1. Geoffrey, I think you misconstrue the intent of my post. It’s intent was not to present an argument that Obama is NOT in over his head. That is a curious premise, like all negatives – such as that I do not beat my wife – from which to begin by arguing to disprove. The argumentative burden begins in the affirmative, that he IS in “over his head,” a very imprecise term. The point of my post was to question the unusual occurrence of the challenges to Obama’s highly distinguished credentials (and, curiously, those, as well as the intellect of, Sonia Sotomayor), from which, by the way, I omitted, as an undergrad, Columbia University, my own graduate alma mater. I am not suggesting that Bush’s and Palin’s inadequacies are defense of any on Obama’s part; I am questioning the remarkable focus on his supposed inadequacies from political quarters that did not recognize those of Bush and Palin, or were otherwise strikingly sanguine about them. My essential point, in keeping with the focus SW and I have agreed to pursue in our exchanges, is that I believe conservative opponents of Obama, as a manifestation of their bias (and, yes, indeed, there are parallels on the left), misconceive and misrepresent premises and conclusions of his political philosophy with which they strongly disagree as, ipso facto, indications of inferior intellect rather than, indeed, a coherent if opposing view. “Facile” oratorical prowess usually offers up themes with which we disagree; pleasing themes are always the product of trenchant speechmaking. The teleprompter meme I think a cheap and, yes, facile, one. All Presidents use teleprompters when giving speeches; off the teleprompter, Obama is a measured and deliberate thinker and speaker, rather than inarticulate and bumbling, if that sounds familiar. If you want the fireworks of speedy verbal prowess, I might recommend you to Michael Eric Dyson, but I suspect he doesn’t please you either. For the moment, there is our different perspective on reality. I’ll look forward to more. Thanks for joining this debate.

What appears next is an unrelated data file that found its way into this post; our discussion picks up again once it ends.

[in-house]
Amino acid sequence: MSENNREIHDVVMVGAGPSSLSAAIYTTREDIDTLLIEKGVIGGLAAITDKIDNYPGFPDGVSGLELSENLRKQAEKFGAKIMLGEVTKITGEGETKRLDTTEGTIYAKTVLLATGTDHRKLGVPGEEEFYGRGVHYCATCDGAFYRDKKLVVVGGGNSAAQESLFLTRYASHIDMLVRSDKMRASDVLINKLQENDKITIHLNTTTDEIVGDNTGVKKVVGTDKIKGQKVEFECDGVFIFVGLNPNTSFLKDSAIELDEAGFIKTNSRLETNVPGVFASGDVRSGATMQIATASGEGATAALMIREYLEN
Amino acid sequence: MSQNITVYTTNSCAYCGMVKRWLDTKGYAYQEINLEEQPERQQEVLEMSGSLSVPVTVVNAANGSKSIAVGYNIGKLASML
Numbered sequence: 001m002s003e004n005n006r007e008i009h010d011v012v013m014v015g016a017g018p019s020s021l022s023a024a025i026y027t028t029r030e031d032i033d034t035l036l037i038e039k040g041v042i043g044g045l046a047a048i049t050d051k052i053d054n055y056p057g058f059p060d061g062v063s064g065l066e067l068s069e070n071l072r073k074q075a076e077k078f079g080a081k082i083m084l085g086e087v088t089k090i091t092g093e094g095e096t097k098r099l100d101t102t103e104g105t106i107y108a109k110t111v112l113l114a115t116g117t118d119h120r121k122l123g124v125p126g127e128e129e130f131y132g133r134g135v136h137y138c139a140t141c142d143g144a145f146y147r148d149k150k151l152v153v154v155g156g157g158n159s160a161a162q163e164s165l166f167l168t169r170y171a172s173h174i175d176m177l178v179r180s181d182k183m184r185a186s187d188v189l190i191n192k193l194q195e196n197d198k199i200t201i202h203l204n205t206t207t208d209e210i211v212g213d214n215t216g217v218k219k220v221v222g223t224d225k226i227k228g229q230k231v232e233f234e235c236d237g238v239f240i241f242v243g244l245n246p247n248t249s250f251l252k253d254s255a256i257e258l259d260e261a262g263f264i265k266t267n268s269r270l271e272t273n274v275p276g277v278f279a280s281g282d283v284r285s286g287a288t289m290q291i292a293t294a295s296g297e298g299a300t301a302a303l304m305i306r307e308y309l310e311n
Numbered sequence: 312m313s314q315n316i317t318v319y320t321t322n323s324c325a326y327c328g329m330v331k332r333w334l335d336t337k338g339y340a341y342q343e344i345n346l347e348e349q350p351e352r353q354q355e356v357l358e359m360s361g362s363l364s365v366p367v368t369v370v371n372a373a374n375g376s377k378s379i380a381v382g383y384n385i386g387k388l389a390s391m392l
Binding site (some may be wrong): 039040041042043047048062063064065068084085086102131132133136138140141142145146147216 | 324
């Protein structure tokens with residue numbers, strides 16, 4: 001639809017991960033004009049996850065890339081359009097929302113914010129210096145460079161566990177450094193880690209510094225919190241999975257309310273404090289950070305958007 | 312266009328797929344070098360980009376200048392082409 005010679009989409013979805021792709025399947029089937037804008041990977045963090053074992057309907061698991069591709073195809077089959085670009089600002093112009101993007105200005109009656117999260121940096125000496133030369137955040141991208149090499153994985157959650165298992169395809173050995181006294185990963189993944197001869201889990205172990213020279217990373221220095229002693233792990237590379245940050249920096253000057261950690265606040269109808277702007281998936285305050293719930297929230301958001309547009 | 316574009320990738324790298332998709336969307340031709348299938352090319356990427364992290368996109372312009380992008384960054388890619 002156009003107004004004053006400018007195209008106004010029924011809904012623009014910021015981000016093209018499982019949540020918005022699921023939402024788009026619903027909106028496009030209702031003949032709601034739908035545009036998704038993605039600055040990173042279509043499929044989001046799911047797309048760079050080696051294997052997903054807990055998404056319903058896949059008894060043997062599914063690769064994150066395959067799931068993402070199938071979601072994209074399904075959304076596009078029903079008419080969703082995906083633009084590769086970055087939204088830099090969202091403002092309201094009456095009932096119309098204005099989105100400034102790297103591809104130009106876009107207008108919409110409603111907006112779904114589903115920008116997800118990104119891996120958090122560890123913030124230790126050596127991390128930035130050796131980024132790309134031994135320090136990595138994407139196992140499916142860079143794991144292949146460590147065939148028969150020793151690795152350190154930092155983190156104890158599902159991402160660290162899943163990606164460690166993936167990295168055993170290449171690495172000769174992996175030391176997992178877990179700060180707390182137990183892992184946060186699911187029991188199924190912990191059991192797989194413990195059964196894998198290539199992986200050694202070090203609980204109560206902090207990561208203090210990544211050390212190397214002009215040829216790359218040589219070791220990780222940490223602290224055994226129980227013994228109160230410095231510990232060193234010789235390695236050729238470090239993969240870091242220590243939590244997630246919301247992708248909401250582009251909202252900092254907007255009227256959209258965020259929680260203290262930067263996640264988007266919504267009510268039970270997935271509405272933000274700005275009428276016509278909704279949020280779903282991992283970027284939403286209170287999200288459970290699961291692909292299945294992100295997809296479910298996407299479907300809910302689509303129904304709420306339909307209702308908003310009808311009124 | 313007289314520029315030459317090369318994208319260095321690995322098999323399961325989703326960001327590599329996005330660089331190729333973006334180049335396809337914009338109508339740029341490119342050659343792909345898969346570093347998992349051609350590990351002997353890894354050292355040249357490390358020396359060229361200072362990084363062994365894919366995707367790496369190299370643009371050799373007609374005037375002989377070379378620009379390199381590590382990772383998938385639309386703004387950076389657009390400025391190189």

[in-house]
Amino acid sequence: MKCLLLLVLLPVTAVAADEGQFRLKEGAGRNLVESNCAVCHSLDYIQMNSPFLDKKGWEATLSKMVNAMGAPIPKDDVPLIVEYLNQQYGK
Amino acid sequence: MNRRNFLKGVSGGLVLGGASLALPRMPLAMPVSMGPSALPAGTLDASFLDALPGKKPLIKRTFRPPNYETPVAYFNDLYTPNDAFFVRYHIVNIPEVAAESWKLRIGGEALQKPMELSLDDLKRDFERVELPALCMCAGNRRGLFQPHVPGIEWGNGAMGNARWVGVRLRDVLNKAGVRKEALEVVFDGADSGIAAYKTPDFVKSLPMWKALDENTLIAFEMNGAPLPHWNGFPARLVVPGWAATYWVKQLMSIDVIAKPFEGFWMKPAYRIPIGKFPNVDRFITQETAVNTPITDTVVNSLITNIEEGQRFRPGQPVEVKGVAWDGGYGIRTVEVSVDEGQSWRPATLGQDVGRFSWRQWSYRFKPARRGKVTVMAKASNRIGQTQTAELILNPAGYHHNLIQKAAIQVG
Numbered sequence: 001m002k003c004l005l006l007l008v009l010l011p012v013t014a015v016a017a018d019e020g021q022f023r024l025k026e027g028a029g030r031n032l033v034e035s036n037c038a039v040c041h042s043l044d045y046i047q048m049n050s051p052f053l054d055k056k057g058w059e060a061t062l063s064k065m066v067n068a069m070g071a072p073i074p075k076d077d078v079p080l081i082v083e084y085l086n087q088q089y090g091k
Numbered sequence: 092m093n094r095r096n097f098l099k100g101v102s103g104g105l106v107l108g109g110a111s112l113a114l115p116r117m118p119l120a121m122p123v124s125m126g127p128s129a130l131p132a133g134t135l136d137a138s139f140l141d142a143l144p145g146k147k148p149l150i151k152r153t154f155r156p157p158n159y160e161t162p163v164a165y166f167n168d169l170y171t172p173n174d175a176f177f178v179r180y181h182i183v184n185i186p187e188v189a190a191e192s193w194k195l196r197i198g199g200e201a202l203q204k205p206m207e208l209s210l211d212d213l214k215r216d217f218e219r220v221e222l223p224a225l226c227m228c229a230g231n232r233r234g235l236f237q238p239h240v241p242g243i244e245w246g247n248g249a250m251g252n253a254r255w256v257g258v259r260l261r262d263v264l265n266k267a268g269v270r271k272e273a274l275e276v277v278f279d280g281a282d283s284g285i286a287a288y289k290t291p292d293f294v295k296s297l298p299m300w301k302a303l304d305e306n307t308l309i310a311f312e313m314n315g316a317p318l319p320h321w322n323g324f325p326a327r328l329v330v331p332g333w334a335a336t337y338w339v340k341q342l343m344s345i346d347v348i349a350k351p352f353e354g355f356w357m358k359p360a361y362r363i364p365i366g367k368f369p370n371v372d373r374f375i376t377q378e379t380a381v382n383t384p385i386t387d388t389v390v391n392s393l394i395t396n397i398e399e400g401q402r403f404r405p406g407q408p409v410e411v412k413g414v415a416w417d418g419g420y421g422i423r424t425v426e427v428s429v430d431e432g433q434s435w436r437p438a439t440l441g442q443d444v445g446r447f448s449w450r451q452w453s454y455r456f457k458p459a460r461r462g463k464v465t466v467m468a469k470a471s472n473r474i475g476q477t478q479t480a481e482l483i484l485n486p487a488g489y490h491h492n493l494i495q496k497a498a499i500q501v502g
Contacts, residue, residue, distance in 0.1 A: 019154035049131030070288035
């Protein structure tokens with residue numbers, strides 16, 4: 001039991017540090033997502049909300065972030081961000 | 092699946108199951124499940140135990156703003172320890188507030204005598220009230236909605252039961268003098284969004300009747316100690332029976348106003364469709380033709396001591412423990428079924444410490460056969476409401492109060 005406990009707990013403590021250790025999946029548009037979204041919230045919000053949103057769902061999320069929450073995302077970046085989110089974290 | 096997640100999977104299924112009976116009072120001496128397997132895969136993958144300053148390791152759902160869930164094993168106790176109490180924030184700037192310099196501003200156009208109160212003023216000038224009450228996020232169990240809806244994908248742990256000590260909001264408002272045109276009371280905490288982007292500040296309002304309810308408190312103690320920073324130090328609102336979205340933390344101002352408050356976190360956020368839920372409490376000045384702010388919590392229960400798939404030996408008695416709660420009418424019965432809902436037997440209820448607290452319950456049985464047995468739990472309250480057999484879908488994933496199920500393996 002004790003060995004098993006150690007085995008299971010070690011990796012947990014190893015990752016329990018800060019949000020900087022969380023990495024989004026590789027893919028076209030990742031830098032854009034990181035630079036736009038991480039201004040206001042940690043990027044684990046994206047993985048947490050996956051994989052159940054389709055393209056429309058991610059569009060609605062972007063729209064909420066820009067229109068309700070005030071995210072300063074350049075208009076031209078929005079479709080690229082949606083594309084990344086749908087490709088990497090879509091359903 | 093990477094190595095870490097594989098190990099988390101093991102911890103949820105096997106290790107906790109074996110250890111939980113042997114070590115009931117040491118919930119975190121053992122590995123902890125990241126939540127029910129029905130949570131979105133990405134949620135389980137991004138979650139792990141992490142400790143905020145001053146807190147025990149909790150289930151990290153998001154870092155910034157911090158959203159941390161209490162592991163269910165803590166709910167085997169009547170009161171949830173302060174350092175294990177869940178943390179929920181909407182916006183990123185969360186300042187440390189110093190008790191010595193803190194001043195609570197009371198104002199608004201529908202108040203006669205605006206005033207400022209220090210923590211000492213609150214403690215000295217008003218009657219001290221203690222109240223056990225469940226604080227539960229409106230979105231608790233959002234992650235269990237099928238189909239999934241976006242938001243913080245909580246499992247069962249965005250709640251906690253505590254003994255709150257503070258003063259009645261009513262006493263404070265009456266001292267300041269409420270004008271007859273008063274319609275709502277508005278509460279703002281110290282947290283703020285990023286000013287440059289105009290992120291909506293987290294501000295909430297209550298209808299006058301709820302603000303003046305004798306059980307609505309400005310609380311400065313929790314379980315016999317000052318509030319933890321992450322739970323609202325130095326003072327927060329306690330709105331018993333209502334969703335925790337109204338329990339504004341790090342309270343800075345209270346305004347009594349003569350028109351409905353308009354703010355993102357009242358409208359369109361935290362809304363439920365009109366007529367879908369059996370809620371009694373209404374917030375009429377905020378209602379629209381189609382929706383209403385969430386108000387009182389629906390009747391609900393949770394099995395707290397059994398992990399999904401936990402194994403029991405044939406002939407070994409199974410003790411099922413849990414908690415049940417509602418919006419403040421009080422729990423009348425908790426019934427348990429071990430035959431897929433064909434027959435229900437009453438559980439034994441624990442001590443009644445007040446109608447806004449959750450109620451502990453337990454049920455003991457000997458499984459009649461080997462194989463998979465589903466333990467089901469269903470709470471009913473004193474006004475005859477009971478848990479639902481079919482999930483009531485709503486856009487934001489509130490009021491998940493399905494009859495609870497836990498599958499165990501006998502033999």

3. Naomi,

    The case in point you’ve made is about yourself. You dispute Shrinkwrapped’s comment and yet offer neither logic nor reason to substantiate your assertion that his position is lacking in reason and logic. Perhaps you’re not as open to persuasion as you regretfully suppose others not to be?

    Holding an opposing premise is not necessarily an indication of a lack of reason and logic, simply an indication of disagreement as to perception.

    And the words “shit shit shit” is an expression of emotional frustration, not an illustration of “very smart words”. You appear to equate agreement with your premises and conclusions with confirmation of intelligence, not a very ‘smart’ thing to do, but quite human.

  4. I have spent a lot of time listening to Barack Obama and when he is off the teleprompter he says a lot of things that are not terribly smart (his campaign stops in 57 states comes to mind, for example.) I know of too many academically “smart” people who are rather limited to accept credentialism as dispositive. Right now I am trying to understand whether the President is out of his depth when it comes to dealing with some of the world’s thugs or if he is so much more subtle than most peopel recognize that his three-D chess will only become apparent when he checkmates our enemies. Time will tell.
    One more thing, ultimately intelligence in a leader is far less important than judgment and the jury will be out on Obama’s judgment for quite some time. Usually, we can’t tell until well after the fact.

  5. Wow! The point you make in this point is so simple, eloquent and logical. And when I read such things I forget myself for a moment and get excited. The excitement reads something like this: “This is great. Yes. I could not agree more. This is so logical and obvious and well written that if only everyone reads it we should be all set.” I say I forget myself, because then it hits me: people who argue he is novice and unintelligent are not susceptible to logic and reason in the first place. So, while it was nice to have some one put such a fine point to the matter, I feel doubly depressed that it can not penetrate where it would be of most use…. And so to quote your very smart words: “shit shit shit!”